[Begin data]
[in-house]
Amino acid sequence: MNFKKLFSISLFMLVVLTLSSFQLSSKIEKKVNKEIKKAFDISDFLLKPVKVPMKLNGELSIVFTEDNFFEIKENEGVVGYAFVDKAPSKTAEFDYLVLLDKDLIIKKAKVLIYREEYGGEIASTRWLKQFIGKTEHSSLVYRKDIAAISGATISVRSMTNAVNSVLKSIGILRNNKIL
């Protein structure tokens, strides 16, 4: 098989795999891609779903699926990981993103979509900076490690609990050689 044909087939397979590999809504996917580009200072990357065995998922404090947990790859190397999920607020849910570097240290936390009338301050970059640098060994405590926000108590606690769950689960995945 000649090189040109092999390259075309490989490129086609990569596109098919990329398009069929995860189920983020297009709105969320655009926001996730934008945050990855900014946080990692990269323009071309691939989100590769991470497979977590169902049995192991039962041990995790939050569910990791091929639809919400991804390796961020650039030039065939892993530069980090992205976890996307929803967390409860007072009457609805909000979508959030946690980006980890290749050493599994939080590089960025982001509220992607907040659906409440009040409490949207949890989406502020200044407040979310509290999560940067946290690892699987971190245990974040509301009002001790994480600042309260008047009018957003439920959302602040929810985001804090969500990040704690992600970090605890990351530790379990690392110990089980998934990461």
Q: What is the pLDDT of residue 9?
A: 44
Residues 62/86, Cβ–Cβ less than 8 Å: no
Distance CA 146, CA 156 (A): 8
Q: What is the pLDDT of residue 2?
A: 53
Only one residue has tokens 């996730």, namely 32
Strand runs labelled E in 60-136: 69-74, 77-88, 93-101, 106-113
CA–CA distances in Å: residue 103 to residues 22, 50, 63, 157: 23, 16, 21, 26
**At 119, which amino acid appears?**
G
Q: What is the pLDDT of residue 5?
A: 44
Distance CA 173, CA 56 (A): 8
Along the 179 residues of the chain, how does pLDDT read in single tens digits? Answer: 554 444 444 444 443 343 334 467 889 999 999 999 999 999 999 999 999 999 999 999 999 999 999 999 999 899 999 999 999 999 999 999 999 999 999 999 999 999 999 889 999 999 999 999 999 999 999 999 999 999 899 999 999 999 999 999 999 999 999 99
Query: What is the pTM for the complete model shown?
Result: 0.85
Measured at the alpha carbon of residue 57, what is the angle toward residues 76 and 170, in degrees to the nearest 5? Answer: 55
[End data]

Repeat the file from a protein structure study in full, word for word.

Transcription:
[in-house]
Amino acid sequence: MNFKKLFSISLFMLVVLTLSSFQLSSKIEKKVNKEIKKAFDISDFLLKPVKVPMKLNGELSIVFTEDNFFEIKENEGVVGYAFVDKAPSKTAEFDYLVLLDKDLIIKKAKVLIYREEYGGEIASTRWLKQFIGKTEHSSLVYRKDIAAISGATISVRSMTNAVNSVLKSIGILRNNKIL
């Protein structure tokens, strides 16, 4: 098989795999891609779903699926990981993103979509900076490690609990050689 044909087939397979590999809504996917580009200072990357065995998922404090947990790859190397999920607020849910570097240290936390009338301050970059640098060994405590926000108590606690769950689960995945 000649090189040109092999390259075309490989490129086609990569596109098919990329398009069929995860189920983020297009709105969320655009926001996730934008945050990855900014946080990692990269323009071309691939989100590769991470497979977590169902049995192991039962041990995790939050569910990791091929639809919400991804390796961020650039030039065939892993530069980090992205976890996307929803967390409860007072009457609805909000979508959030946690980006980890290749050493599994939080590089960025982001509220992607907040659906409440009040409490949207949890989406502020200044407040979310509290999560940067946290690892699987971190245990974040509301009002001790994480600042309260008047009018957003439920959302602040929810985001804090969500990040704690992600970090605890990351530790379990690392110990089980998934990461």
Q: What is the pLDDT of residue 9?
A: 44
Residues 62/86, Cβ–Cβ less than 8 Å: no
Distance CA 146, CA 156 (A): 8
Q: What is the pLDDT of residue 2?
A: 53
Only one residue has tokens 């996730």, namely 32
Strand runs labelled E in 60-136: 69-74, 77-88, 93-101, 106-113
CA–CA distances in Å: residue 103 to residues 22, 50, 63, 157: 23, 16, 21, 26
**At 119, which amino acid appears?**
G
Q: What is the pLDDT of residue 5?
A: 44
Distance CA 173, CA 56 (A): 8
Along the 179 residues of the chain, how does pLDDT read in single tens digits? Answer: 554 444 444 444 443 343 334 467 889 999 999 999 999 999 999 999 999 999 999 999 999 999 999 999 999 899 999 999 999 999 999 999 999 999 999 999 999 999 999 889 999 999 999 999 999 999 999 999 999 999 899 999 999 999 999 999 999 999 999 99
Query: What is the pTM for the complete model shown?
Result: 0.85
Measured at the alpha carbon of residue 57, what is the angle toward residues 76 and 170, in degrees to the nearest 5? Answer: 55